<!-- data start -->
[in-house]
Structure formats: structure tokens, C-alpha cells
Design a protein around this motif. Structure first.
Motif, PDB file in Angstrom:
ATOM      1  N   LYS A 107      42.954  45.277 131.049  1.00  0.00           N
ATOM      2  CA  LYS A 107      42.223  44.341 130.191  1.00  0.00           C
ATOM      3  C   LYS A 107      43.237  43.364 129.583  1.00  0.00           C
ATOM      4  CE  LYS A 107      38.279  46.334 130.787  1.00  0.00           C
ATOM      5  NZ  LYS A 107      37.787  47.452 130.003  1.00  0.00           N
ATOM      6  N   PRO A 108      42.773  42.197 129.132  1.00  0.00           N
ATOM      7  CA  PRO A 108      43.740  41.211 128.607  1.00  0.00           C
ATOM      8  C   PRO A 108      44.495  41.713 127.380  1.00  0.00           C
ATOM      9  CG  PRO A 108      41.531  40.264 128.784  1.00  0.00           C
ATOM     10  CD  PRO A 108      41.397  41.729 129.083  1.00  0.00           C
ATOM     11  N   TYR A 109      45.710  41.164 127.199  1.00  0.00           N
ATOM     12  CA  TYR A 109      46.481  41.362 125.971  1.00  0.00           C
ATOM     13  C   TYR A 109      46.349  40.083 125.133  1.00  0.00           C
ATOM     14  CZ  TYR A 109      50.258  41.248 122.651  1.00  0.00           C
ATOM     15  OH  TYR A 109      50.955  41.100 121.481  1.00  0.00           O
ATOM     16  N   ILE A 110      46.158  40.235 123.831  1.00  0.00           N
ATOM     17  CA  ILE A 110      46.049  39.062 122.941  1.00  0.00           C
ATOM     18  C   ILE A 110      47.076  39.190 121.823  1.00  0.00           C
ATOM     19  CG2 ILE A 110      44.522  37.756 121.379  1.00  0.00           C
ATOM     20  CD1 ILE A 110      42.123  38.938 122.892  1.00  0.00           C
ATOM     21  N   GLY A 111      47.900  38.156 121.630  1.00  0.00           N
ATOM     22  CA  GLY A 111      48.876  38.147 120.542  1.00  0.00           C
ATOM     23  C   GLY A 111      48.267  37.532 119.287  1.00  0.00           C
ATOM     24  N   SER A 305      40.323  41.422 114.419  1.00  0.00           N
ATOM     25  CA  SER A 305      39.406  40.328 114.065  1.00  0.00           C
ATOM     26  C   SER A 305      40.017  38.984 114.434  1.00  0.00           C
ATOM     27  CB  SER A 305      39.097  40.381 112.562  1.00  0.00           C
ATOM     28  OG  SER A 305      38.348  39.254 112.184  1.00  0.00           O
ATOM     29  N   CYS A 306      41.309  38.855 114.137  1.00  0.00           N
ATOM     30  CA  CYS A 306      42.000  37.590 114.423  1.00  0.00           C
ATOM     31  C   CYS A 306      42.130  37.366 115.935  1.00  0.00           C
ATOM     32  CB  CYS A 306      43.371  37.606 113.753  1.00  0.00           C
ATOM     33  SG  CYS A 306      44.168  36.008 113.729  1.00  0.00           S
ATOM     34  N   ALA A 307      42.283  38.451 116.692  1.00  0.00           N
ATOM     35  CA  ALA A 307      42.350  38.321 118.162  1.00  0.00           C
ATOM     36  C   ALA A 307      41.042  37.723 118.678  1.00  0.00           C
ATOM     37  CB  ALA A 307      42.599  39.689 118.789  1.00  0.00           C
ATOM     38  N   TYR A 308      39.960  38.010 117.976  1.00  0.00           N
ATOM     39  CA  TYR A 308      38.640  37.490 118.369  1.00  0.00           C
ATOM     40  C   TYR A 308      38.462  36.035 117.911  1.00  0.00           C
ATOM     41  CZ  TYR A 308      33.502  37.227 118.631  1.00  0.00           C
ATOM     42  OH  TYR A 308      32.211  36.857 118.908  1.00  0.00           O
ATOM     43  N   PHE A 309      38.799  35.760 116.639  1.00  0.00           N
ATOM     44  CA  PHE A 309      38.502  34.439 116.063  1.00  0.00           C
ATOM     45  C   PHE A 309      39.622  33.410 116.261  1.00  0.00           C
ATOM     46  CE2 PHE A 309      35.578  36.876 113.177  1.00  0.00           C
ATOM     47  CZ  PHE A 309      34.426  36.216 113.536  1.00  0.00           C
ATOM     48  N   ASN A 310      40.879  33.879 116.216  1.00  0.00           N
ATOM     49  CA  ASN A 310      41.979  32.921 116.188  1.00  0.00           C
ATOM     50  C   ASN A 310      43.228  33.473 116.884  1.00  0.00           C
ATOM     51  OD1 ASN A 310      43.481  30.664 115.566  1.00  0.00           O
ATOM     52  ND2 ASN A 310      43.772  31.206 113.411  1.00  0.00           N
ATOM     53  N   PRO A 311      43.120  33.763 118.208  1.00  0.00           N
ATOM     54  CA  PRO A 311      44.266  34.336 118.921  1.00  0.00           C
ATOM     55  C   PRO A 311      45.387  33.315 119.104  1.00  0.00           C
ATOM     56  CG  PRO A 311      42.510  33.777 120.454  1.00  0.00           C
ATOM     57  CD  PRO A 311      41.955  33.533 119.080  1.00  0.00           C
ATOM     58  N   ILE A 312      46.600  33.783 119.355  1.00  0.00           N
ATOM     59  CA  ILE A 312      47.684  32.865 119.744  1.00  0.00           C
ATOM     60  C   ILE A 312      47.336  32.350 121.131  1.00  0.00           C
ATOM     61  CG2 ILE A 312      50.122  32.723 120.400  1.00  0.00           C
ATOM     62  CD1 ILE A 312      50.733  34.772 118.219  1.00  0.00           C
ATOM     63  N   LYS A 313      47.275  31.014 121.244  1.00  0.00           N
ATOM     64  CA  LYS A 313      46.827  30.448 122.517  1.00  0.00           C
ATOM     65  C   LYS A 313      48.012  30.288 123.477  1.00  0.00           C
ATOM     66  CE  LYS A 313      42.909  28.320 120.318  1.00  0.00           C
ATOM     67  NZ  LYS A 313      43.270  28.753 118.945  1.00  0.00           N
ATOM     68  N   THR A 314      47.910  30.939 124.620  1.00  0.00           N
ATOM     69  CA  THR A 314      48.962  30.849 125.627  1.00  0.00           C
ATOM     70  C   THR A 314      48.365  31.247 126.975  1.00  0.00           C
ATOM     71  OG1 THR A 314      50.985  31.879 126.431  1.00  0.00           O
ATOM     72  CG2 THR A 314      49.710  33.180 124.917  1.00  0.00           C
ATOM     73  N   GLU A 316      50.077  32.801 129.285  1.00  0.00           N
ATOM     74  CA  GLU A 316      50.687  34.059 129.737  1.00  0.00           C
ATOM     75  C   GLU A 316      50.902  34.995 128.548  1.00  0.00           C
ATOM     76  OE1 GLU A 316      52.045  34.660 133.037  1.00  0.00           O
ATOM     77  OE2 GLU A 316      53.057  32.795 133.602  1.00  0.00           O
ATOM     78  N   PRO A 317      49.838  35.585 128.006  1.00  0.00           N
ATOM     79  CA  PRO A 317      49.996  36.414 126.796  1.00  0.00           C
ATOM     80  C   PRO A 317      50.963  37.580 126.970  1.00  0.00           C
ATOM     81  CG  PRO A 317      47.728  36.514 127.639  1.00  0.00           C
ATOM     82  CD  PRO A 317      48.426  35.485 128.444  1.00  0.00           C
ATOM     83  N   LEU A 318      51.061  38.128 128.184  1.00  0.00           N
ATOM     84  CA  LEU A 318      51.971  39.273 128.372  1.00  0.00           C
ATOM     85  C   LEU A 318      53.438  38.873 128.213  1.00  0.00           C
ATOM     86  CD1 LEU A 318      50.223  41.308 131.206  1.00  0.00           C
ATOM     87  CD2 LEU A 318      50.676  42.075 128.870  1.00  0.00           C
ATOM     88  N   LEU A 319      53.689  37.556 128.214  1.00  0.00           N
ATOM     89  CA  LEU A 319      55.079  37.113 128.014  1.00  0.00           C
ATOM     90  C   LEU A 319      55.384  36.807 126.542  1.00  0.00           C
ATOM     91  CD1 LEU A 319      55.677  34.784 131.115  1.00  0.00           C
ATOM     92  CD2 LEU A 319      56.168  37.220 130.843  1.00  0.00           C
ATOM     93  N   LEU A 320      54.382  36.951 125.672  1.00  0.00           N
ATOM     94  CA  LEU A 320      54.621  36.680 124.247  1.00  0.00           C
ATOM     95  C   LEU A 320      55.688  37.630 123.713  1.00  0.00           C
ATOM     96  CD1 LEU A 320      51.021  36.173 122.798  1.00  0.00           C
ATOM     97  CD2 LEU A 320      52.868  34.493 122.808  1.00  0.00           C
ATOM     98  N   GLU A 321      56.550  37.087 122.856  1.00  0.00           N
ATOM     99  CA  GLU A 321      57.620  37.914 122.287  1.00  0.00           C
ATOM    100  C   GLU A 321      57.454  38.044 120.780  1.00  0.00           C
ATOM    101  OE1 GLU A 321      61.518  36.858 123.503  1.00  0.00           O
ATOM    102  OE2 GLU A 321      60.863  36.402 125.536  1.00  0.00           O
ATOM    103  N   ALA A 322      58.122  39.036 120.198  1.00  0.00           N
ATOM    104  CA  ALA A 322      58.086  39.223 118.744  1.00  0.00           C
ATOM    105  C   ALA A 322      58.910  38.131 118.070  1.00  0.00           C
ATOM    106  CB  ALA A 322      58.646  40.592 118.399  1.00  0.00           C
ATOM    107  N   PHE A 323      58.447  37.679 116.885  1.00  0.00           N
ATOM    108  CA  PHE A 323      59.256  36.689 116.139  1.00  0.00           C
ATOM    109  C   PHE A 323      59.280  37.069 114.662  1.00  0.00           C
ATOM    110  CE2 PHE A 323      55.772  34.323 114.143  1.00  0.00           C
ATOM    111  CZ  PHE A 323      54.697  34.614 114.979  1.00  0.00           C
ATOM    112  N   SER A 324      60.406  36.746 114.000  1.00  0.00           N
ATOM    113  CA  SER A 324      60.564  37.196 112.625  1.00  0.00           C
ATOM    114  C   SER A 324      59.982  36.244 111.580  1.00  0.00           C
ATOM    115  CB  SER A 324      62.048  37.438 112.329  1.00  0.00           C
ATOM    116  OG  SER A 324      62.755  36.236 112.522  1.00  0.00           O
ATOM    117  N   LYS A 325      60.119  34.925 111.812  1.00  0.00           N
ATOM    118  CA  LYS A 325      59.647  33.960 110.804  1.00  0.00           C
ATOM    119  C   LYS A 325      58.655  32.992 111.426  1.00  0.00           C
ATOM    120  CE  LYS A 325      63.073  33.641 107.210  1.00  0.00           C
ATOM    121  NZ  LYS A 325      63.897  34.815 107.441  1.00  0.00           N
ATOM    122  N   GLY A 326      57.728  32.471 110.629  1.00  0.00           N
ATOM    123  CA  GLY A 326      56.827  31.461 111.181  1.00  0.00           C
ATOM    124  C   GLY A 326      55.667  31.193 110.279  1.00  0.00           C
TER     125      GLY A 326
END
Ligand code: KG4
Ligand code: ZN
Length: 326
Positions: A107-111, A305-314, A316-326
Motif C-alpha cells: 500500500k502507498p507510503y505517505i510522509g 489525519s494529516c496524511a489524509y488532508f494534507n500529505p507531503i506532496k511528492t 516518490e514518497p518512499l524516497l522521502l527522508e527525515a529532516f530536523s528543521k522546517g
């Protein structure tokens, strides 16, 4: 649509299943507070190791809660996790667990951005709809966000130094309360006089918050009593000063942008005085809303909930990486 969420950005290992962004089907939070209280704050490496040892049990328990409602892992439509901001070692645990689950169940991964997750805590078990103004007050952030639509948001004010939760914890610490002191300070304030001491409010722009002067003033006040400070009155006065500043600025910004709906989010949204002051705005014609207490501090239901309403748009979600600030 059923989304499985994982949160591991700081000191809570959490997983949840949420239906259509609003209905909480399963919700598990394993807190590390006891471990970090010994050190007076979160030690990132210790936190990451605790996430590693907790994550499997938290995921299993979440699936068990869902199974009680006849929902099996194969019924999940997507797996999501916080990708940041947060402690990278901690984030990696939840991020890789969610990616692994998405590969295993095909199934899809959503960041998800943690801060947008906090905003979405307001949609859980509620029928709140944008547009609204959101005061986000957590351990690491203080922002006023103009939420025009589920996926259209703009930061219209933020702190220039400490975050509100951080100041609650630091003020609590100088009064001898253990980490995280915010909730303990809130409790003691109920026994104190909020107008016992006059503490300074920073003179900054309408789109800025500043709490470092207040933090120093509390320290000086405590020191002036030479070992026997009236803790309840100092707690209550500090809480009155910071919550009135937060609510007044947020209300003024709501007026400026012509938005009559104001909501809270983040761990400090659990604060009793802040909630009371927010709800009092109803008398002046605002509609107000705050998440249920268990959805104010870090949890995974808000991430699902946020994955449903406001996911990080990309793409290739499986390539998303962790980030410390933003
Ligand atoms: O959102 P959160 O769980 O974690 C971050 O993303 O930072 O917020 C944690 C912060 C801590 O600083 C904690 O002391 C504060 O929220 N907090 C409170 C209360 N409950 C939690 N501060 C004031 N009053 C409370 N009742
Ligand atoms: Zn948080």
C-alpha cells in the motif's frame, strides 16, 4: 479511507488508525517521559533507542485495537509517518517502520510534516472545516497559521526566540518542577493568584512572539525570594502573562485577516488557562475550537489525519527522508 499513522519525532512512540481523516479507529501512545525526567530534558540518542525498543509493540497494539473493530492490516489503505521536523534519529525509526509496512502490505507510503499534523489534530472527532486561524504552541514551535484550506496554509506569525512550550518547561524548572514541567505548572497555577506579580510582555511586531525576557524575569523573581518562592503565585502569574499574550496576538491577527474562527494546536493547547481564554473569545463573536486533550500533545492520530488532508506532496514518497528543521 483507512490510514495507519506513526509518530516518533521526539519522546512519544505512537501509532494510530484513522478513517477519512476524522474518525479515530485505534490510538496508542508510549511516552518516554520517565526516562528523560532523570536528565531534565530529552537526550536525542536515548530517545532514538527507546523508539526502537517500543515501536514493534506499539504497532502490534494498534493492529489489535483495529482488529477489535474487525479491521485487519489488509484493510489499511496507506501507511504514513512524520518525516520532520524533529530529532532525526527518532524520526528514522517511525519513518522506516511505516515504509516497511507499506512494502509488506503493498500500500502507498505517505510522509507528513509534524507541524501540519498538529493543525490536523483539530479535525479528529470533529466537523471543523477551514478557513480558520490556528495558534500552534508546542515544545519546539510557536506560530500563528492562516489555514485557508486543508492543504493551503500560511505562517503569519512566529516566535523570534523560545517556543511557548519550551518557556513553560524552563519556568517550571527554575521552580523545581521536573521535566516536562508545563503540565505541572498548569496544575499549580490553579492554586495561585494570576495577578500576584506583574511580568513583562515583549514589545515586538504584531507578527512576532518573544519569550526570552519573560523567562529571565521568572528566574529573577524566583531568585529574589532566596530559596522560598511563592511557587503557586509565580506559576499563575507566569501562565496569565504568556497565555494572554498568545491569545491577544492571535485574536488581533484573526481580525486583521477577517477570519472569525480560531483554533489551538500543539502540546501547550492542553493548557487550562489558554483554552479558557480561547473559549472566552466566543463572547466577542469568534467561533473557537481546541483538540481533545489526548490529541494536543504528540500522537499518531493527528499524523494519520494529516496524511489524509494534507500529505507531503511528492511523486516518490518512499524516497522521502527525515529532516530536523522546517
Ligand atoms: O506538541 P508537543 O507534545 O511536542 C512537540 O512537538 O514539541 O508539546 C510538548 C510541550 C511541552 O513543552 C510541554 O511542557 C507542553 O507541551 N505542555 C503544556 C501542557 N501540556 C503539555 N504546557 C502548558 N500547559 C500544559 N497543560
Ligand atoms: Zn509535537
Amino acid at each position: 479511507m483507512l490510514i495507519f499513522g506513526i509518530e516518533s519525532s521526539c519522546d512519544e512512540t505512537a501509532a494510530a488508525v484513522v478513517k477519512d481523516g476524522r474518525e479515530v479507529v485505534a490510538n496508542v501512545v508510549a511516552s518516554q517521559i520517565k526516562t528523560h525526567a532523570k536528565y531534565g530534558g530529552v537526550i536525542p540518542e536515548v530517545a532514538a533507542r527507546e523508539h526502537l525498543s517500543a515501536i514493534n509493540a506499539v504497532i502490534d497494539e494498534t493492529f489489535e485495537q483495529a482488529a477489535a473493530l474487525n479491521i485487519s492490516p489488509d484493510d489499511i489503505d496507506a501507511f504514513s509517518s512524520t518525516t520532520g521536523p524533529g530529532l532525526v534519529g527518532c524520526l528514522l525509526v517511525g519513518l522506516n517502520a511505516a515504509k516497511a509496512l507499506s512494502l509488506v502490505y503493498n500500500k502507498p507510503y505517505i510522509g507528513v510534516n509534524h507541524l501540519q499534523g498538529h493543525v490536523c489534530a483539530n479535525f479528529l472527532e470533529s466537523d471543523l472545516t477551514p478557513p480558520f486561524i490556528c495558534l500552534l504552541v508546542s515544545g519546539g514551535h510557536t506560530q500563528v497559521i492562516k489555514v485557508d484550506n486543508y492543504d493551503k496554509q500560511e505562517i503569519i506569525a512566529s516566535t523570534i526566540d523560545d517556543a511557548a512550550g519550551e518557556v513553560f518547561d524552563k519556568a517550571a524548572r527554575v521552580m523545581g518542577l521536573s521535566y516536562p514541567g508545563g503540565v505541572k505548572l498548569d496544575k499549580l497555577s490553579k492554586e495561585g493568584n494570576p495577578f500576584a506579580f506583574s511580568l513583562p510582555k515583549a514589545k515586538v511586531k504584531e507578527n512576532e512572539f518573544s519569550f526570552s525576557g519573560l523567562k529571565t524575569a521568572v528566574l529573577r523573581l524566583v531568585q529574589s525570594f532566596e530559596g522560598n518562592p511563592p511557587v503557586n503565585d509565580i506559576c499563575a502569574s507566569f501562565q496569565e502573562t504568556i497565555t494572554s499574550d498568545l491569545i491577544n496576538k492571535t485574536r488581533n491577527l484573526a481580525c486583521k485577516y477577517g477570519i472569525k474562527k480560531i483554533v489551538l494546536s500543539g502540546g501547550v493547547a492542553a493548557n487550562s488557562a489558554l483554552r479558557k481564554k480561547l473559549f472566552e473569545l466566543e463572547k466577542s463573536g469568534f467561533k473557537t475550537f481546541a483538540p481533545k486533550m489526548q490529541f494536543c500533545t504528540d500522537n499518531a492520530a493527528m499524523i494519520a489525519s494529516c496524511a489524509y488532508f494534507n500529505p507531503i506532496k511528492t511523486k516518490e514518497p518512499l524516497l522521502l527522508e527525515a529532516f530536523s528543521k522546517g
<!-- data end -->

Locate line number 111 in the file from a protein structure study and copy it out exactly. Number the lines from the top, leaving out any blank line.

ATOM    107  N   PHE A 323      58.447  37.679 116.885  1.00  0.00           N